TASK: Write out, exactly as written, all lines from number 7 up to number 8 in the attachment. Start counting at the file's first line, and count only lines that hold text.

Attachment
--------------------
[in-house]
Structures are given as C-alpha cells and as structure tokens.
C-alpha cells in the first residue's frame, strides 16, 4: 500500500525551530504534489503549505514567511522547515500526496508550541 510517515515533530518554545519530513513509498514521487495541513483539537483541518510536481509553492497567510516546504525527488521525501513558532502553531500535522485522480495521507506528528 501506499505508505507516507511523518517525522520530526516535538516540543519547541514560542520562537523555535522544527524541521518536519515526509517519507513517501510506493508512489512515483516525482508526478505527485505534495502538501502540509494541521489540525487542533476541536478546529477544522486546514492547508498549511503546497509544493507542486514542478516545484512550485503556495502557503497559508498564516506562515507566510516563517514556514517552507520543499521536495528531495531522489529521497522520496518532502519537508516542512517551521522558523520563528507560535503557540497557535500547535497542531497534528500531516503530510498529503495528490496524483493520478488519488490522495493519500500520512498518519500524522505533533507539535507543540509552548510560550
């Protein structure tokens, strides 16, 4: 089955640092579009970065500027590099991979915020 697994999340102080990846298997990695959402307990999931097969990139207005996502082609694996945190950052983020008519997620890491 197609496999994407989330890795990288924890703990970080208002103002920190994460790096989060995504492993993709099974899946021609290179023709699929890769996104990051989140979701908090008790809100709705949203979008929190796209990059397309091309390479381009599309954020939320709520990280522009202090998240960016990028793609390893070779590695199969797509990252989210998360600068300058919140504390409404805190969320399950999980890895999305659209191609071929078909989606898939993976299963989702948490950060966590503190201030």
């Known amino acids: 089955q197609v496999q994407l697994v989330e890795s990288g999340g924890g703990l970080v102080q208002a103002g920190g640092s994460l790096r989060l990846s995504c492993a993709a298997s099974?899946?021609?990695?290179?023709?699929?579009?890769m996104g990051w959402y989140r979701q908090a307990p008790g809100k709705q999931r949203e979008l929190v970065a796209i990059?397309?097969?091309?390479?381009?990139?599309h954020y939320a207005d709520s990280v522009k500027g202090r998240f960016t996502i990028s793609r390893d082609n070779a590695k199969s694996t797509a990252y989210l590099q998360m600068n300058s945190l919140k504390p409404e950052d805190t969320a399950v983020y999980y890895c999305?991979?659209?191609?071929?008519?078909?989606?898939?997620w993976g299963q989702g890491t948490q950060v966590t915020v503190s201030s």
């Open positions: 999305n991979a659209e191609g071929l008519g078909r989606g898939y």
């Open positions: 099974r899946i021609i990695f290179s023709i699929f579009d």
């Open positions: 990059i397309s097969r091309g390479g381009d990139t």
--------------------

């Open positions: 099974r899946i021609i990695f290179s023709i699929f579009d």
């Open positions: 990059i397309s097969r091309g390479g381009d990139t």